From Bandung to the BRICS: Next Steps for the Global South

October 08, 2023

About the author:

Jorge Heine, Research Professor, Frederick S. Pardee School of Global Studies, Boston University; Former ambassador of Chile to China, to India, and to South Africa; Author of Latin American Foreign Policies in the New World Order: The Active Non-Alignment Option

"There are only two BRICS in the wall" was a standard line by Western commentators about the group that held its first summit meeting in Yekaterinburg in 2009. This implied that among the five member countries, only China and India had the required population, landmass, and GDP size to be taken seriously. The sheer arrogance of the phrase is revealing an attitude that permeated Western views of the entity that gave its name to "the decade without a name", that is, the 2000s. Now that the group, with the addition of Argentina, Egypt, Ethiopia, Iran, Saudi Arabia, and United Arab Emirates (UAE), an expansion formalized in its XV Summit held in Johannesburg on August 22-24, 2023, has eleven members, the tone has changed somewhat, but not much.
What are the prospects of BRICS+ in this new phase? What does the fact that 22 countries formally applying to join BRICS+, and 40 expressing some sort of interest in doing so tell us? Does BRICS’ expansion portend the emergence of a new global order, or will the differences between the members stand in the way of concerted action and achievement of its goals?
To what extent can it be said that BRICS embodies for the 21st century what the Non-Aligned Movement (NAM) embodied for the 20th century, and what differences are present? The purpose of this essay is to respond to these questions by putting the emergence of BRICS in the perspective of the broader geopolitical and geoeconomic shift that has taken place in the world, from the North Atlantic to the Asia-Pacific and more generally, from North to South. Far from representing an opportunistic grouping whose members have little in common (as is often alleged by its critics), and therefore should not exist (another barb oft thrown), the BRICS represent an organic outgrowth of deep-seated trends in world politics that are changing traditional alignments, providing a new direction for the international system.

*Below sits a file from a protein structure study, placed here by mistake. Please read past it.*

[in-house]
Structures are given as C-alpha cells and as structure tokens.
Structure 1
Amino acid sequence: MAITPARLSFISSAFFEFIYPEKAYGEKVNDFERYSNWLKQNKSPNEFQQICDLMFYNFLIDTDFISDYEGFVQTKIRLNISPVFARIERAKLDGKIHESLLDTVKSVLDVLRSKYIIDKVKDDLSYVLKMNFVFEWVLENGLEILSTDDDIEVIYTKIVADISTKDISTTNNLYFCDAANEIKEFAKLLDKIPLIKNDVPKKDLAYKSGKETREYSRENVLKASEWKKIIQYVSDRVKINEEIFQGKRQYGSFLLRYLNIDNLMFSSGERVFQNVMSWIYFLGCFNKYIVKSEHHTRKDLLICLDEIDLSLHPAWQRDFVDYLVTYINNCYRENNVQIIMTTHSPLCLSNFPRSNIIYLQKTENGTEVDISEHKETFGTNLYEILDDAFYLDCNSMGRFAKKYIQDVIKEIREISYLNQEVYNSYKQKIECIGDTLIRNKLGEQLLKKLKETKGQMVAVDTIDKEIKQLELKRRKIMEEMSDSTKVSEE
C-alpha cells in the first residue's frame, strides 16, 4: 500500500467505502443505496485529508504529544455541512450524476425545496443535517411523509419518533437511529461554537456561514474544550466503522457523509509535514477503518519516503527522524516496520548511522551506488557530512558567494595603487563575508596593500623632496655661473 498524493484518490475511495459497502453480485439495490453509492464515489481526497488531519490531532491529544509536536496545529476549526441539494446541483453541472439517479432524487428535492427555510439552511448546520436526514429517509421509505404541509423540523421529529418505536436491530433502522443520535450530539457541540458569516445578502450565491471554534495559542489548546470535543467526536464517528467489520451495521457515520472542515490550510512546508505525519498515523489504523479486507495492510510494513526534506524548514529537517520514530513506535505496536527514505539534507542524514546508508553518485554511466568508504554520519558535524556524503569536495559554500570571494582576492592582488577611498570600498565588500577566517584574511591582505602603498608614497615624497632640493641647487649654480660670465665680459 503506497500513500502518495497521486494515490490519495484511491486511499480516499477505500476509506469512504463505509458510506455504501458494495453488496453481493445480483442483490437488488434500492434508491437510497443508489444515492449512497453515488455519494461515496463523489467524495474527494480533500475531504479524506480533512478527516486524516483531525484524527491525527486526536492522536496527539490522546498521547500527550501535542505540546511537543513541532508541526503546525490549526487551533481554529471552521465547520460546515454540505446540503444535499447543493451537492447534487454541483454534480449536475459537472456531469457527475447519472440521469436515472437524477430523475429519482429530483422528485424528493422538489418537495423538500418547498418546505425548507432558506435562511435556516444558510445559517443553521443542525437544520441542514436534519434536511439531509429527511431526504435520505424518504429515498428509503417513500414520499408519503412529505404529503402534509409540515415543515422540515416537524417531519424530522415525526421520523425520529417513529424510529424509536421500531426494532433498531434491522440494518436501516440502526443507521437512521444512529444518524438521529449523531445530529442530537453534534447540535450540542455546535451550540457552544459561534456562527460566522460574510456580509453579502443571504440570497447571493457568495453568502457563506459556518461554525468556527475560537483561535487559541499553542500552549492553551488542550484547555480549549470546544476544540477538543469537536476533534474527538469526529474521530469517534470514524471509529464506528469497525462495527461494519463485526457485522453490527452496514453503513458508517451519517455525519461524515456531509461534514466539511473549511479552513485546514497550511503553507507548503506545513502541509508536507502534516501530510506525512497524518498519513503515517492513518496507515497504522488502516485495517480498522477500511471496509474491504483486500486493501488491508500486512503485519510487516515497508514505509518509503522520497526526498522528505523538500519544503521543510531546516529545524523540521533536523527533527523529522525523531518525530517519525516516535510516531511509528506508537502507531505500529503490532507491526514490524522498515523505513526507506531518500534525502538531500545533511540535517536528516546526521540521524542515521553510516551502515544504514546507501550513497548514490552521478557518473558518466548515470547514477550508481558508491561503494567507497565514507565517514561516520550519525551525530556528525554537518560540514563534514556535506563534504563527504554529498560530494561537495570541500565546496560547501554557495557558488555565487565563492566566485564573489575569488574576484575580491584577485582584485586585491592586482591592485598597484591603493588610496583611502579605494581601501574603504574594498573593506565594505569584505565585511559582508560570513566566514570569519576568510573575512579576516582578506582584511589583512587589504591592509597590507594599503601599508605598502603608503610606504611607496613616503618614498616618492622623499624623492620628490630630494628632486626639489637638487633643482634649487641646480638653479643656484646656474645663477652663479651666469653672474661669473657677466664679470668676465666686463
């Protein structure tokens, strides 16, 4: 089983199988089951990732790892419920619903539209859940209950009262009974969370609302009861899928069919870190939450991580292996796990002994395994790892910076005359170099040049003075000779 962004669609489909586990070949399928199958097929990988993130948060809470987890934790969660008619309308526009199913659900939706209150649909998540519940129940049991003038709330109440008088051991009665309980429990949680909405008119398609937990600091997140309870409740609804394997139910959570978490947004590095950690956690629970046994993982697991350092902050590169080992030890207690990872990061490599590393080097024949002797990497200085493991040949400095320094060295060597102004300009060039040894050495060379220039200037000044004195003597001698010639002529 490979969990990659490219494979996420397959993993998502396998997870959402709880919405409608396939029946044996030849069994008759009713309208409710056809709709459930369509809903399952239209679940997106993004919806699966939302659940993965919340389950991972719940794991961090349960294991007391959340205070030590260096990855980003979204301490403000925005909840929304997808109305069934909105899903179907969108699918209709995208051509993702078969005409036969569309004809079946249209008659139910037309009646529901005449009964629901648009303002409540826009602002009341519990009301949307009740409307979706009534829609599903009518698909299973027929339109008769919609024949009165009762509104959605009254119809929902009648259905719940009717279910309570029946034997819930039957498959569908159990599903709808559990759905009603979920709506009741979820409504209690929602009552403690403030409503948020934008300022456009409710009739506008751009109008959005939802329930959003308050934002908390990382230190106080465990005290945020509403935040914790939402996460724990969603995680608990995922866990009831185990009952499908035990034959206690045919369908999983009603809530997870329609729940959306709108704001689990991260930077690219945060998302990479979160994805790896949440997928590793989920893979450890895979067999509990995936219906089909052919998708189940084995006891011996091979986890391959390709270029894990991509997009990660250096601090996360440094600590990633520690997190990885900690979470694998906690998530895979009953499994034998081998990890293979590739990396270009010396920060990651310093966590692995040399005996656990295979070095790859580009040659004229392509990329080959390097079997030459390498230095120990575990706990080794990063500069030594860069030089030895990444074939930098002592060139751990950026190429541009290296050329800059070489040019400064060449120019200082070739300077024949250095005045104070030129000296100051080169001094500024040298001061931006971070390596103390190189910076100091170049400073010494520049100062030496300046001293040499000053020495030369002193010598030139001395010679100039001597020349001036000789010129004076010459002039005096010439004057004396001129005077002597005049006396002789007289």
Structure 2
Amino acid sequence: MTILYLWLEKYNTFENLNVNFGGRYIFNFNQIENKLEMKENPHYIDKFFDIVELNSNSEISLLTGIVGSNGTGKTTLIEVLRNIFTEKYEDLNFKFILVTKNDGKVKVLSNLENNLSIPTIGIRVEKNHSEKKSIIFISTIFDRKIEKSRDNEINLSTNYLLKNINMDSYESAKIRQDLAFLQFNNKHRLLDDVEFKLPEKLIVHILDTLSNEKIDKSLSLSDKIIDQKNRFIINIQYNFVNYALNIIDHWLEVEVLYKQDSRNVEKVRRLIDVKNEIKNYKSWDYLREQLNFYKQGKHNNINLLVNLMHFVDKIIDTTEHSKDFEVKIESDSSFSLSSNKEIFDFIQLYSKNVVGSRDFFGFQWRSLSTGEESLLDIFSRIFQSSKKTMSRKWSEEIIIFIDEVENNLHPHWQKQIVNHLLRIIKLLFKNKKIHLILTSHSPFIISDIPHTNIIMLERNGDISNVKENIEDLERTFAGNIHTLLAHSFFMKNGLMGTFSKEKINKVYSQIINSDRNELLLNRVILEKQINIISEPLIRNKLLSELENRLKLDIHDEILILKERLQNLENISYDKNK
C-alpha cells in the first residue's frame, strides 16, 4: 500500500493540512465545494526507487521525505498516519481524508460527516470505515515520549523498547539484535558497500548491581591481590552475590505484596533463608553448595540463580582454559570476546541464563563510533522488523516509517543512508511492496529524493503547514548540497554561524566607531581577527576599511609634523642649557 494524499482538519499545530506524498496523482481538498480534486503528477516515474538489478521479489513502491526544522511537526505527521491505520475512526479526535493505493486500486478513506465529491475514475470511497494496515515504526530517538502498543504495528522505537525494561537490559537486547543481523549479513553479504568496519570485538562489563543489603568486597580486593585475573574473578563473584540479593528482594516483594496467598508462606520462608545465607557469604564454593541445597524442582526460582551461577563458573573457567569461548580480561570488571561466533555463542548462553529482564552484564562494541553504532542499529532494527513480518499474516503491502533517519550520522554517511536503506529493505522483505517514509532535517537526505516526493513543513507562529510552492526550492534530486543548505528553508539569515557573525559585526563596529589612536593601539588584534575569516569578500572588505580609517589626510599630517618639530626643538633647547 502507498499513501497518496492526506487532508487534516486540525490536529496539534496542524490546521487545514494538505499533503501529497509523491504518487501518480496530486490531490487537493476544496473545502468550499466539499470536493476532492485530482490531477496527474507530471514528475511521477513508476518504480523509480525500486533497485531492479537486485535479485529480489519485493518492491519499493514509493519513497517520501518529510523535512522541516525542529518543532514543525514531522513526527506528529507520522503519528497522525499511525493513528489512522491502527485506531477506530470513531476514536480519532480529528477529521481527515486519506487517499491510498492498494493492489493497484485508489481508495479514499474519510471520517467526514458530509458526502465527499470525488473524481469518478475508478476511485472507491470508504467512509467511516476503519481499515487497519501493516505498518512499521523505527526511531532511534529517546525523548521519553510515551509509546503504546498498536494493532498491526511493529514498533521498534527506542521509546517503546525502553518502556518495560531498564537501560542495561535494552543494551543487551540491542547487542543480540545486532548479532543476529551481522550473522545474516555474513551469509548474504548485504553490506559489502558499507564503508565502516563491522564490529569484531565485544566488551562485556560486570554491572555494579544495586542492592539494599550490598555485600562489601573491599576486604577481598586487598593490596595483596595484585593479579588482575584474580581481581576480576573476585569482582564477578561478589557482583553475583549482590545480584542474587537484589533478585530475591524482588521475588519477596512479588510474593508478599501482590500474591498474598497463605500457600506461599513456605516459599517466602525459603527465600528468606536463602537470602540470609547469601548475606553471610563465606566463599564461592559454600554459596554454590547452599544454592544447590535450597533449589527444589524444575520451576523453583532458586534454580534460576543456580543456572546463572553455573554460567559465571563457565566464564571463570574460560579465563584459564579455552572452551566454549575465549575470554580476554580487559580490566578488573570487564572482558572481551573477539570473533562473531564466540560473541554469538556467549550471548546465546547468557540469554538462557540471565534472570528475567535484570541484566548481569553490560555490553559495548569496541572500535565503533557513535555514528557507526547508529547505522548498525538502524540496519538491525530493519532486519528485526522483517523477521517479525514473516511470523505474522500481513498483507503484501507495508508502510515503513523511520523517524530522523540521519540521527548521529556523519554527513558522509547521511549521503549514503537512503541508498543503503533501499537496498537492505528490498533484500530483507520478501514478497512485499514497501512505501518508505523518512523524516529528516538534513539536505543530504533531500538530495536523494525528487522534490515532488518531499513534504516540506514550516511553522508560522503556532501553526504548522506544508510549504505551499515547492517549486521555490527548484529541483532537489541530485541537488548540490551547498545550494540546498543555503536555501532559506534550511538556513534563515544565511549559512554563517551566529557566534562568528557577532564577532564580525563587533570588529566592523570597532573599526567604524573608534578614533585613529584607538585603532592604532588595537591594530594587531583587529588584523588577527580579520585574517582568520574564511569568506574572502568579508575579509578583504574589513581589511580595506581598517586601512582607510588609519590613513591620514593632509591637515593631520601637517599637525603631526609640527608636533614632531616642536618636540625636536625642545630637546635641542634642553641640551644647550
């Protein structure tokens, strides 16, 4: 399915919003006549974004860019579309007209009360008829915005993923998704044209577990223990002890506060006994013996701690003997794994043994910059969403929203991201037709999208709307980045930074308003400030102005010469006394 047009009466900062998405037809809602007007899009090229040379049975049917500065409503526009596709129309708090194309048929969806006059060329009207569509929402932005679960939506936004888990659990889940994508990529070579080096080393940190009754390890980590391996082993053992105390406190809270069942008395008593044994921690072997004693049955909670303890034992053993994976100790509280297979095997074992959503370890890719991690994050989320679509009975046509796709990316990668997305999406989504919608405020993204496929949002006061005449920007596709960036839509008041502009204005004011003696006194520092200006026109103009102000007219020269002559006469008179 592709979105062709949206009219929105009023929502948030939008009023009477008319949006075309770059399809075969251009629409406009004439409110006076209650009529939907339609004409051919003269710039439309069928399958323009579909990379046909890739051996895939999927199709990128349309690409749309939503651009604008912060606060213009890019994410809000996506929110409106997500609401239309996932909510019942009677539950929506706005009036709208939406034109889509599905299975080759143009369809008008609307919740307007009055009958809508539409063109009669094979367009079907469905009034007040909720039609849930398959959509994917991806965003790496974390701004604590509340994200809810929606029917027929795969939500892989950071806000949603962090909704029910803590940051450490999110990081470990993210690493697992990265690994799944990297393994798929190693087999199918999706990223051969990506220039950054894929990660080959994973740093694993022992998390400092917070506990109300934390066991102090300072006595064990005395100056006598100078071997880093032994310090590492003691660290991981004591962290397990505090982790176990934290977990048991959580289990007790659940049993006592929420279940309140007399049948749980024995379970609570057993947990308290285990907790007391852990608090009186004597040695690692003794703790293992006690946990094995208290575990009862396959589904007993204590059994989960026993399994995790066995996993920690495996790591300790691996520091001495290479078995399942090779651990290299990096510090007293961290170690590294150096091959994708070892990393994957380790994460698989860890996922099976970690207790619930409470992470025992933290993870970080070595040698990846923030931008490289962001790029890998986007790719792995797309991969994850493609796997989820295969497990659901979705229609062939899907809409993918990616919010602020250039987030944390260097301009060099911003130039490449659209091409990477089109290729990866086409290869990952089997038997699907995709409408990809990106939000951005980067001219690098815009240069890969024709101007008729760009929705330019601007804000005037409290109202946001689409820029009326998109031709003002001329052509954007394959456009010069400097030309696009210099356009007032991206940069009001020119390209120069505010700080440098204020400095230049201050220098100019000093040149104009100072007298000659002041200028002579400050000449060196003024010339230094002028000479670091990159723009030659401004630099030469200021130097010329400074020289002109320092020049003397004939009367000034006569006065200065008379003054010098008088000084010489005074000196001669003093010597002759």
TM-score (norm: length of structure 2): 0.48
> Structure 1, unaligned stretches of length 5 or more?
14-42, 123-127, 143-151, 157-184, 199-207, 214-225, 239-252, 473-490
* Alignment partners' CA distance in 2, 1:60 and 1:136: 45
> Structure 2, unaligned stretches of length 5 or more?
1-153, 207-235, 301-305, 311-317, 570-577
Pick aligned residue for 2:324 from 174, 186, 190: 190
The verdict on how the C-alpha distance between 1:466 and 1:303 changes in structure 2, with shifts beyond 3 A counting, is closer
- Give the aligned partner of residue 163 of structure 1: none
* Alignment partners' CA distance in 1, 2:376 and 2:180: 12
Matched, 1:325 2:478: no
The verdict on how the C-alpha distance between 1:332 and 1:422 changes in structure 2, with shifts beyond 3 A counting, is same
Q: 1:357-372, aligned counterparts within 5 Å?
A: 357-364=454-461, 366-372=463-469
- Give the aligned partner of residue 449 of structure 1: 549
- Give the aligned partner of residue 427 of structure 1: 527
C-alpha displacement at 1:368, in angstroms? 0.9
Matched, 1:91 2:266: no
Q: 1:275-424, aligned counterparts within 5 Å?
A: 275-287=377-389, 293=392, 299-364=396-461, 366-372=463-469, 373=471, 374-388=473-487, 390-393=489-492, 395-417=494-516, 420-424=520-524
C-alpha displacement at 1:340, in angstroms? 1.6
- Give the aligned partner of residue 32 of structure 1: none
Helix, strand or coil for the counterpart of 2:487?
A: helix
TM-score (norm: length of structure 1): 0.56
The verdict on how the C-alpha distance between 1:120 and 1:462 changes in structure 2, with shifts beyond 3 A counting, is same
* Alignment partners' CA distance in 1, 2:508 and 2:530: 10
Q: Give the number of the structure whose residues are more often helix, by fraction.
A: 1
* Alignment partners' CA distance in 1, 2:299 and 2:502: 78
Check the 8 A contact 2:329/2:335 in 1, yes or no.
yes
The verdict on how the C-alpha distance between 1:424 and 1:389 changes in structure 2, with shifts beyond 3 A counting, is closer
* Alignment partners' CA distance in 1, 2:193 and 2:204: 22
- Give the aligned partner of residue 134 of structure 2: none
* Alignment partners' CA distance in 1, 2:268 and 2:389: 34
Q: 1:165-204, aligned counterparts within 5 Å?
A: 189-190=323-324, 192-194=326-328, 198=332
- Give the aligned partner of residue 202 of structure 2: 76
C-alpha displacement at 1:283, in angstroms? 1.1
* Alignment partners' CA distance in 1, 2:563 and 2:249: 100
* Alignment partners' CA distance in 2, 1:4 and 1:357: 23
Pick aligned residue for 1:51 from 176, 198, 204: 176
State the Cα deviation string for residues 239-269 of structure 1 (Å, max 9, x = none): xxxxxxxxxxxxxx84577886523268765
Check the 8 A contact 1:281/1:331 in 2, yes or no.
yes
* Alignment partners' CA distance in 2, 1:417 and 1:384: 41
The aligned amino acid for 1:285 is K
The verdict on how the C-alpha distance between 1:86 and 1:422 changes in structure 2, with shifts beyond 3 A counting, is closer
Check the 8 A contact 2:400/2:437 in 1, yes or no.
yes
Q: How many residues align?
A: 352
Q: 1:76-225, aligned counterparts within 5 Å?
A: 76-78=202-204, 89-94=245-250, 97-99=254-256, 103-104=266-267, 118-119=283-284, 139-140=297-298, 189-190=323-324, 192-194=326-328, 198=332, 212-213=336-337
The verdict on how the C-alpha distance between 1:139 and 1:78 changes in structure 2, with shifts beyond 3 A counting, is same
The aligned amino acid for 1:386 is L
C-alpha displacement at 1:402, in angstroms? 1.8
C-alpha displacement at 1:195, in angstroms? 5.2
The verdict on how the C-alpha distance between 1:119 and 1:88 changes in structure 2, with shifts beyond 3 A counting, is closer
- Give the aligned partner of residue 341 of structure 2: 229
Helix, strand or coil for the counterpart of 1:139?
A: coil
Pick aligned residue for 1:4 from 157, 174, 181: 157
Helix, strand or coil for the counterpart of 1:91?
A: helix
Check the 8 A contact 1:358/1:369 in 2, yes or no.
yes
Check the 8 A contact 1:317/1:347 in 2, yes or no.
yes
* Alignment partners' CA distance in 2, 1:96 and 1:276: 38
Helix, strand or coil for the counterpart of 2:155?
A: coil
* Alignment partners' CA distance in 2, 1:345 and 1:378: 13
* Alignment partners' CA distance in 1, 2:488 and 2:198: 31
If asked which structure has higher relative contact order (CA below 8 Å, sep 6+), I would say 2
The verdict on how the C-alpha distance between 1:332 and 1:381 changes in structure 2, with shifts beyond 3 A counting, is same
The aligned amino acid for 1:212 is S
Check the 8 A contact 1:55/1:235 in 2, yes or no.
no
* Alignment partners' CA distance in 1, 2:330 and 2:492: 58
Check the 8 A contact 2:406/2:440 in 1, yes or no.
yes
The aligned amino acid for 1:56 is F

A World Order in Transition
The rise of the BRICS is a product of the transition from the Liberal International Order (LIO) status quo since the end of World War Two, an order that from 1991 onwards acquired a strong unipolar imprint, to one in which power is more widely distributed, and in which US influence is no longer monodominant. In this context, two milestones stand out: 2008 and 2016. The year 2008 saw the global financial crisis triggered by Wall Street come into its own, raising questions about the impact of the excesses of finance capitalism. It is no coincidence that the first BRICS summit took place in 2009. The second, and in some ways more important, is that of 2016.
In 2016 the United Kingdom undertook a referendum that approved its withdrawal from the European Union (otherwise known as "Brexit") and the United States elected Donald J. Trump to presidency. The United Kingdom spent the following years extricating itself from the European Union in a messy process led by five different prime ministers in seven years that caused the country to register the worst performance of any European economy. The United States under President Trump, in turn, proceeded to renege on free trade, to embrace "fair trade", to withdraw the United States from the Trans-Pacific Partnership (TPP), from the Paris Agreement on Climate Change, from the World Health Organization (WHO) and to paralyze the World Trade Organization (WTO) by refusing to nominate new judges to its Appellate Body. Although President Trump's successor, Joseph R. Biden, is more sympathetic to multilateralism, he has continued the protectionist measures enacted by the Trump administration, and in many ways doubled down on the "America First" policies of the latter. There is also a strong possibility that Donald Trump might return to the White House in 2024, with all the consequences that entails.
The irony could not have been greater. The LIO, based on multilateralism and free trade, is being dismantled by the very countries that set it up in the first place, namely the United States and the United Kingdom. Unilateralism and "fair trade" are now the key principles guiding US foreign policy, making a mockery of any notion of a "rules-based order," as rules are trampled upon by those who pose as their biggest champions.